Women in IT: Rebecca Dorries

Rebecca Dorries is one of the seven graduates to have been selected from a pool of 6500 applicants, for the Qantas IT graduate program this year.

After completing high school in 2001, Dorries chose to study for a Bachelor of Information Technology at Queensland's Griffith University, where she discovered that IT could offer more career options than she had first imagined.

When did you start having an interest in technology?

I first used a computer in year eight. As my school had a new computer lab, it was compulsory to do both typing and computer studies. Not knowing how to use a computer, I struggled at first; it also didn't help that I was assigned the computer that kept crashing for what seemed to be no reason.

As I started to get confidant with computers and I learnt to type, I found that they were a great tool for communicating. Everyone at my school used MSN and it was a way I could chat to my friends and family in other states and around the world.

The more I used computers, the more problems I encountered. Programs didn't do what I wanted them to do, and I felt restricted. So I naturally put lots of effort into understanding how they worked and I tried to work out how they could be fixed.

What aspects of technology interest you most?

My current interest is how technology is used to communicate and transfer knowledge. Our world is becoming more technical, which changes the way we do things. We no longer have to send letters and important business documents via snail mail, we can simply click a couple of buttons and the recipient can read the document while you are talking to them face to face via Web cam. How people share their knowledge and use technology to do that fascinates me. Technology always keeps me thinking as it is always changing.

In my spare time, I enjoy catching up with people. Before I moved from Brisbane to Sydney, I ensured all my friends and family had purchased headphones and I have set them up with Internet chat programs, so we can talk real time.

Were there many other girls interested in and studying IT related subjects in your year, and of those that were, do you know of any that went on to develop a career in the industry?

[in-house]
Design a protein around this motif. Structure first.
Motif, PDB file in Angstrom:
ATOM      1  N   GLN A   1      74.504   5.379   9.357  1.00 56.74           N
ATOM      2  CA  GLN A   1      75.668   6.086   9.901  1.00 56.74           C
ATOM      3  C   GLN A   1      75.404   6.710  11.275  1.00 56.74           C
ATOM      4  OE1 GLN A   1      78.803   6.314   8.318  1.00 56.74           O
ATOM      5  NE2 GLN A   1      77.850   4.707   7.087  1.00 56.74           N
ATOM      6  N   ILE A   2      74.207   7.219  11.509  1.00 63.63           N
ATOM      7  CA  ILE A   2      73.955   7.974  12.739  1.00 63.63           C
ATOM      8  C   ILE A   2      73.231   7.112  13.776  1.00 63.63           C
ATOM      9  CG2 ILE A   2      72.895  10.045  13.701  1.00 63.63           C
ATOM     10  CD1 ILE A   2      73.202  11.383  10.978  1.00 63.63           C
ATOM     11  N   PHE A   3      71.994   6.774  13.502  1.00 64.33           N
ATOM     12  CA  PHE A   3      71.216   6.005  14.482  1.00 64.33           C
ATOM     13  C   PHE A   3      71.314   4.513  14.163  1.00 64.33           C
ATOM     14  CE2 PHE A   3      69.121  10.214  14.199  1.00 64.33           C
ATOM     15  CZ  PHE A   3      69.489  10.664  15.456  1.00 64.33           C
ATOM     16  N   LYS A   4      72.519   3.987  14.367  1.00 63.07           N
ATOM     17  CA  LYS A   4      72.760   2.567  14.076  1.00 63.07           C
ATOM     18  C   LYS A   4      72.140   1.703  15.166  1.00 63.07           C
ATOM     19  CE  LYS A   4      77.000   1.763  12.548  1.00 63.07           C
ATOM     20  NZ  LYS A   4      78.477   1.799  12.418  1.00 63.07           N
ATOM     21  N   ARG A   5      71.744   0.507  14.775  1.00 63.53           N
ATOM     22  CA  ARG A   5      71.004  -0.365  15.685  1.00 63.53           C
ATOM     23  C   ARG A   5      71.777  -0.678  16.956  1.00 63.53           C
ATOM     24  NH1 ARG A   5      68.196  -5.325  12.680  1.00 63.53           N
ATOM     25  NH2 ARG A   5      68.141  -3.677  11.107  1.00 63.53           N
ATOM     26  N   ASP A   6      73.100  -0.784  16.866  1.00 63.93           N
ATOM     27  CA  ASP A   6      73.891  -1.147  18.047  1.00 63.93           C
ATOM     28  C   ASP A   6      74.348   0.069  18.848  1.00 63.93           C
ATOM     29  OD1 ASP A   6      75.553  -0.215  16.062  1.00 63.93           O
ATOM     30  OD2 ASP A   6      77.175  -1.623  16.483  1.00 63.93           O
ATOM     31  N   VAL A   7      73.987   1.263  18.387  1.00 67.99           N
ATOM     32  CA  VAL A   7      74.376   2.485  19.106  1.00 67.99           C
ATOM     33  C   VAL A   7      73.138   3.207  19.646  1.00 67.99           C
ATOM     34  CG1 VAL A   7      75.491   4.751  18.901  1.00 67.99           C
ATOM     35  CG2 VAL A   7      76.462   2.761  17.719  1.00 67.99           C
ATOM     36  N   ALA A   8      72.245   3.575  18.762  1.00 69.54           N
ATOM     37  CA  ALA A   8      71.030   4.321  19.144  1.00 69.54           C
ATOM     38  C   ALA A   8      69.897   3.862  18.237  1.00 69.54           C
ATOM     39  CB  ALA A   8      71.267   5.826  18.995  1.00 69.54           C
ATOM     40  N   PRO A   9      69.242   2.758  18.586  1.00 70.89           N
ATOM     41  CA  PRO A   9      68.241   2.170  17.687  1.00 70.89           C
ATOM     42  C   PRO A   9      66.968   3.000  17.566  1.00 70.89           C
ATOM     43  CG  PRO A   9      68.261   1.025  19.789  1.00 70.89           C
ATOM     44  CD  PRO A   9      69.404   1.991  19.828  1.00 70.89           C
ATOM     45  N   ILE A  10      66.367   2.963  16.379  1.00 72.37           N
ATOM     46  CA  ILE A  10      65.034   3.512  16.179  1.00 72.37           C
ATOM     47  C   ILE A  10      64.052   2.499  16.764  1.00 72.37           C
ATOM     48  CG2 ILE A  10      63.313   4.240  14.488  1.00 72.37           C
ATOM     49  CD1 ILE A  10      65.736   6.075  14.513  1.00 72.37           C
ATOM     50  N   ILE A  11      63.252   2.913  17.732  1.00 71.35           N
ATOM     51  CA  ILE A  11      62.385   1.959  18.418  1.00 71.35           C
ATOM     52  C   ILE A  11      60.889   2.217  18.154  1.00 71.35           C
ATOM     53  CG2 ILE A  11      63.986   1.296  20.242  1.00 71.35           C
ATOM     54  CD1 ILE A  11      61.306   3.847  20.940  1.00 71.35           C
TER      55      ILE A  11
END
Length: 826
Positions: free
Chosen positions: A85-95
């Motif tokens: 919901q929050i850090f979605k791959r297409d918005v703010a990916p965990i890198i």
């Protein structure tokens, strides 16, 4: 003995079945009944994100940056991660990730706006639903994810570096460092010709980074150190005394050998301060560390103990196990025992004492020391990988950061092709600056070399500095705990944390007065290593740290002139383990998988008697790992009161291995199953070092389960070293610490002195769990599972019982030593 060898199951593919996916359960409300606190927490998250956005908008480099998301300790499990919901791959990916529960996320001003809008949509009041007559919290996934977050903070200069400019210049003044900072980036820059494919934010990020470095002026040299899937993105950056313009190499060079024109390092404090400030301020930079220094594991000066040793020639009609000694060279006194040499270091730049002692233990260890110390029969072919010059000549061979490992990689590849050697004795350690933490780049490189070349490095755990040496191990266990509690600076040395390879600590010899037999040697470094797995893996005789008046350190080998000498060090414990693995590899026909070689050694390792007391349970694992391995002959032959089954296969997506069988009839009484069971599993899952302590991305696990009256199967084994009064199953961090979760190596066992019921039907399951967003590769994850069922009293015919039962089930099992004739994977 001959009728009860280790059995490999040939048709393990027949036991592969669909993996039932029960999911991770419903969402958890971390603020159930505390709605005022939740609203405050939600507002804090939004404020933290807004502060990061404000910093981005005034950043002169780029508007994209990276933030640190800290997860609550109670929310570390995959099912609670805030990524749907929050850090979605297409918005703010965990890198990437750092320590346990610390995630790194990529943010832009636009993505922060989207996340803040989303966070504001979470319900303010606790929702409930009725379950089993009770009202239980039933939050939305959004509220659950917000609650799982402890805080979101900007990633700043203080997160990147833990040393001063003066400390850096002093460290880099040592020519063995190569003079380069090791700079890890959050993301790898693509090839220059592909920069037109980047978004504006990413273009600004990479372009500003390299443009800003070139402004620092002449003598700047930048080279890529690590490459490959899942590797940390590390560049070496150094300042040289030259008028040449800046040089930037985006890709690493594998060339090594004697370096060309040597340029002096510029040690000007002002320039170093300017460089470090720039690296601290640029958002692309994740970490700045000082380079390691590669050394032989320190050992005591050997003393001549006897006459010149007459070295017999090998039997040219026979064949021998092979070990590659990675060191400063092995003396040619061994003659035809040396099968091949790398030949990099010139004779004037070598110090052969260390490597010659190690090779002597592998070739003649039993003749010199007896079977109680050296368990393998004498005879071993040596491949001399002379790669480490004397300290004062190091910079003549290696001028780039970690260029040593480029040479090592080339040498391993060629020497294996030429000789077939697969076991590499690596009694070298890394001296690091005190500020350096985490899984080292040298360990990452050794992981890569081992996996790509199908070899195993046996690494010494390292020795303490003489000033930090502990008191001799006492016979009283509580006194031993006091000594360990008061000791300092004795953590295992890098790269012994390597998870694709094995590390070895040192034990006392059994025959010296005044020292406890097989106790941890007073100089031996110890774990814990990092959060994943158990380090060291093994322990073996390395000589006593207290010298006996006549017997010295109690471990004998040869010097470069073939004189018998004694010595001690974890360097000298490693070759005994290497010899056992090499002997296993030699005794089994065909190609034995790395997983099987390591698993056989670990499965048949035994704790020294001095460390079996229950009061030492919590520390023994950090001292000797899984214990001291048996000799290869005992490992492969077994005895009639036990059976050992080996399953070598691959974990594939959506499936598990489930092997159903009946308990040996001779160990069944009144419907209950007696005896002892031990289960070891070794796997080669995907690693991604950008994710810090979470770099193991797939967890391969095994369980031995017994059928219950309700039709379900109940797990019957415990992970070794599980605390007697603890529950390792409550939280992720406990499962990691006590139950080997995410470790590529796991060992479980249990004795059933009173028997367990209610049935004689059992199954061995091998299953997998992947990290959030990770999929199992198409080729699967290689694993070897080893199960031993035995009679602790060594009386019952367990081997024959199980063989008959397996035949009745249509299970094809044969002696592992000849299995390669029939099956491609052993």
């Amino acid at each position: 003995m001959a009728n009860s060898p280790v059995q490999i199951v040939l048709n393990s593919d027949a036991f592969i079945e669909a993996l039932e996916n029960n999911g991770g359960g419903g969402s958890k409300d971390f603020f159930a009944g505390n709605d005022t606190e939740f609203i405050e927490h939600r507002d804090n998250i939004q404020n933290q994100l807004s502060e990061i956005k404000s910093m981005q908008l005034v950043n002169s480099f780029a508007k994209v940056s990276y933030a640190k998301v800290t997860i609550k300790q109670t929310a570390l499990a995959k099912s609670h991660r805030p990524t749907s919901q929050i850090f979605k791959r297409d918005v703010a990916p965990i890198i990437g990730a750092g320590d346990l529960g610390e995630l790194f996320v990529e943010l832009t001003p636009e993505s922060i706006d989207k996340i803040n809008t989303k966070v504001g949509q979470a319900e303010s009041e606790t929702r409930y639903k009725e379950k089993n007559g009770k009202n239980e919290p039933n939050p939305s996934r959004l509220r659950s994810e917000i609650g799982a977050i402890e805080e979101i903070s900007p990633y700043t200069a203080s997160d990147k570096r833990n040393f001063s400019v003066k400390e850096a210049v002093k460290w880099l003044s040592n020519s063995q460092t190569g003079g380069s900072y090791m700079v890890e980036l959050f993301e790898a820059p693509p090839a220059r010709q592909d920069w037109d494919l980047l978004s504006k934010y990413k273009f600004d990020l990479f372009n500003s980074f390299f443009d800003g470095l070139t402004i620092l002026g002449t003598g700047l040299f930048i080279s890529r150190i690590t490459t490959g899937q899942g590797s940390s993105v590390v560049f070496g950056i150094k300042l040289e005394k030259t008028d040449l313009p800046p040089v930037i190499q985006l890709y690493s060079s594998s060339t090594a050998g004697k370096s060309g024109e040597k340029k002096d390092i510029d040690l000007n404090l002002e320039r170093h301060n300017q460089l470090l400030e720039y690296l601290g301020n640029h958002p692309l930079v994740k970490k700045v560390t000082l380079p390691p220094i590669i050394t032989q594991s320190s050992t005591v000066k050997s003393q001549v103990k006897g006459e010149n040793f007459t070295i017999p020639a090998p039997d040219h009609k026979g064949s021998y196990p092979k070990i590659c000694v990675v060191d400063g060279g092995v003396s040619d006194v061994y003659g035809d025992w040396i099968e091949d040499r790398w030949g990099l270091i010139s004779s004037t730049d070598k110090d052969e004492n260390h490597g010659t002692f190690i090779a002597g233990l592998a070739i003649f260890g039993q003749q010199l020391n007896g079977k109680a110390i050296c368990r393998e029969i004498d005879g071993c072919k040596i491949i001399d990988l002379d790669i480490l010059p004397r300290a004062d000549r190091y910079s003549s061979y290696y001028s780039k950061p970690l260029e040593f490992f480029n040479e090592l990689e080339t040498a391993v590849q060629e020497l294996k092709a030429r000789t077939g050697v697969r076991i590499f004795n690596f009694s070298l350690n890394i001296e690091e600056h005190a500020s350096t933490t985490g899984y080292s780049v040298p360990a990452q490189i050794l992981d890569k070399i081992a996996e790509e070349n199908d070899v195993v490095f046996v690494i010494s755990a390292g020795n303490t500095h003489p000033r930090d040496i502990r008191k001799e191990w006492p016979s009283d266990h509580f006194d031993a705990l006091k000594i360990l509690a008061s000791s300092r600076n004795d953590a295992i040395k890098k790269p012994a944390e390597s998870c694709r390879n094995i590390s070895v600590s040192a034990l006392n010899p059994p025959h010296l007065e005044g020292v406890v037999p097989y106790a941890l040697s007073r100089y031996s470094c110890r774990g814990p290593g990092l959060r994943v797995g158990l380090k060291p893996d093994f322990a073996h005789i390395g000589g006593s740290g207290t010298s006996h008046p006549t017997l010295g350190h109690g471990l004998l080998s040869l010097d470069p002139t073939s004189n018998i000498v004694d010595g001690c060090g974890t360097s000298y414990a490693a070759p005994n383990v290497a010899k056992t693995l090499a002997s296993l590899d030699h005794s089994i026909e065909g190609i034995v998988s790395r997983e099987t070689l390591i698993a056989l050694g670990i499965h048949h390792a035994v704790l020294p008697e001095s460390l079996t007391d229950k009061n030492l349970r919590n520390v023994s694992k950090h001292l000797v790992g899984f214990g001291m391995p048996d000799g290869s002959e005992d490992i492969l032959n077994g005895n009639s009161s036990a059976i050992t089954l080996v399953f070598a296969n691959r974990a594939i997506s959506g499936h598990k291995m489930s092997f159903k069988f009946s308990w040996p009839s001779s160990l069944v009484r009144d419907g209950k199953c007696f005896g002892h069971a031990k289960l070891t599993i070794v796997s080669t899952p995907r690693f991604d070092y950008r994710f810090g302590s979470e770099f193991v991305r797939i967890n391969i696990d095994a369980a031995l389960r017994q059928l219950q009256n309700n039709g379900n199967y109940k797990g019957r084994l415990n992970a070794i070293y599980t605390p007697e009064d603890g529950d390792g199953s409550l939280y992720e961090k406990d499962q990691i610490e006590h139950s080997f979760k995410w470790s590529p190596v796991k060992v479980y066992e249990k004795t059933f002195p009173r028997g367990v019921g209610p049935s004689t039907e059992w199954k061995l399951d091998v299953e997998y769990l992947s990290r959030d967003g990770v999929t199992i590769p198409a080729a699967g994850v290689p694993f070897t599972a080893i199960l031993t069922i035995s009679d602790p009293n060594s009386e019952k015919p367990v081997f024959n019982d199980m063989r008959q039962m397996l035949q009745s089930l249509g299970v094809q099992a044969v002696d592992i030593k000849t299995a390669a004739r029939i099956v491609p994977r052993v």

There was one other girl in my year that was interested in IT and completed IPT (Information Processing and Technology) in senior year with me. She is currently completing a Business and IT degree and is keen to get out into the industry.

Did you feel encouraged or discouraged by teachers and careers advisers to study and work in IT?

I attended a girls' school and IT wasn't viewed as a very feminine field of study to be undertaking. Lots of the information provided to us at school was about business law, science and hospitality courses but definitely not IT. I believe this to be due to a lack of knowledge about IT in general.

What range of job opportunities will the airline industry offer you?

I have only been working a little over a month at Qantas, so it's hard to answer this question. However, after talking to lots of different people, and the other graduates, IT is used in both operational and commercial areas of the airline. So there is a vast range of possibilities.

How do you see yourself as suited for role in IT?

I have a thirst for knowledge but I don't want to be an expert in one area. I want to have knowledge in lots of different areas.

I also like to be up to date. Technology changes so fast, so I enjoy the challenges of keeping up to date and upgrading my skills all the time.

I am inquisitive and I enjoy solving problems. When there is any type of problem, like a work process is not working, I like to find the cause of the problem and find ways of overcoming it.

Have you faced any hurdles being a female working in the industry?

No, not yet.

Why do you think there is a shortage of females working in IT?

I believe stereotypes and misconceptions cause the shortage of females working in IT. People have a misconception as to what IT is.

I am told that you hope one day to use your technical knowledge to assist doctors. How do you plan to do this and why do you feel that is something you would like to do?

When I was younger I always wanted to become a doctor. However, as time progressed, I had an increasing interest in IT. So when I had to make a decision as to what university course I was going to take, I chose IT, knowing that one day I could still achieve my childhood dream of helping sick people.

As part of my Honours, I investigated how doctors and allied health professionals share knowledge when treating patients at hospitals. I hope that my research can play a small part in helping both governments and health organizations when planning the integration of technology in hospitals.

Where do you see your career in 10 years?

In 10 years time I hope to have expanded my knowledge and expertise into lots of different areas, ultimately resulting in project management.

Who has been your biggest IT role model and why?

My role model is my friend Jenine, my lecturer in first year who has recently set up her own business. She has encouraged me to take risks, taught me about the importance of networking and she continuously encourages me to take challenges.

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